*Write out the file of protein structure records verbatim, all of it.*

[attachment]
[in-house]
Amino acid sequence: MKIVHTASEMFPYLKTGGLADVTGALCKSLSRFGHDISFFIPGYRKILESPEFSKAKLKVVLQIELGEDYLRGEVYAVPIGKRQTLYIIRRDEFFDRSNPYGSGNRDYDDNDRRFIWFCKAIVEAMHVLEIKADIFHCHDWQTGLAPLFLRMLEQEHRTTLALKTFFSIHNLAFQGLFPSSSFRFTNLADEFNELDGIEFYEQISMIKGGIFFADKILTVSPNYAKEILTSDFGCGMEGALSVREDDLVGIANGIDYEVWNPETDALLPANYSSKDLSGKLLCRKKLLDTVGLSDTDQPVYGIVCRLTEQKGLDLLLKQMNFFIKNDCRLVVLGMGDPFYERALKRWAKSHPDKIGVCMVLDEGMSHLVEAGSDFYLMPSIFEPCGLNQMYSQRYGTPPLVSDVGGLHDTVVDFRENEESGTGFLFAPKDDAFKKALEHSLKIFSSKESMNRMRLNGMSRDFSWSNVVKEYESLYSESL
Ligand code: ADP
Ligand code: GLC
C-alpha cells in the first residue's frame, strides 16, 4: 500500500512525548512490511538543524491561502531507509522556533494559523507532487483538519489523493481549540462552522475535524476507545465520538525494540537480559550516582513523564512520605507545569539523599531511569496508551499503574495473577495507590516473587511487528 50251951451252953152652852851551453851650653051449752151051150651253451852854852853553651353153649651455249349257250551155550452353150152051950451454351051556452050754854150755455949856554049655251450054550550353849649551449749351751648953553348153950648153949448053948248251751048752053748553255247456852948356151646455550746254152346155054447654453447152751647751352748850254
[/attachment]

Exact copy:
[in-house]
Amino acid sequence: MKIVHTASEMFPYLKTGGLADVTGALCKSLSRFGHDISFFIPGYRKILESPEFSKAKLKVVLQIELGEDYLRGEVYAVPIGKRQTLYIIRRDEFFDRSNPYGSGNRDYDDNDRRFIWFCKAIVEAMHVLEIKADIFHCHDWQTGLAPLFLRMLEQEHRTTLALKTFFSIHNLAFQGLFPSSSFRFTNLADEFNELDGIEFYEQISMIKGGIFFADKILTVSPNYAKEILTSDFGCGMEGALSVREDDLVGIANGIDYEVWNPETDALLPANYSSKDLSGKLLCRKKLLDTVGLSDTDQPVYGIVCRLTEQKGLDLLLKQMNFFIKNDCRLVVLGMGDPFYERALKRWAKSHPDKIGVCMVLDEGMSHLVEAGSDFYLMPSIFEPCGLNQMYSQRYGTPPLVSDVGGLHDTVVDFRENEESGTGFLFAPKDDAFKKALEHSLKIFSSKESMNRMRLNGMSRDFSWSNVVKEYESLYSESL
Ligand code: ADP
Ligand code: GLC
C-alpha cells in the first residue's frame, strides 16, 4: 500500500512525548512490511538543524491561502531507509522556533494559523507532487483538519489523493481549540462552522475535524476507545465520538525494540537480559550516582513523564512520605507545569539523599531511569496508551499503574495473577495507590516473587511487528 50251951451252953152652852851551453851650653051449752151051150651253451852854852853553651353153649651455249349257250551155550452353150152051950451454351051556452050754854150755455949856554049655251450054550550353849649551449749351751648953553348153950648153949448053948248251751048752053748553255247456852948356151646455550746254152346155054447654453447152751647751352748850254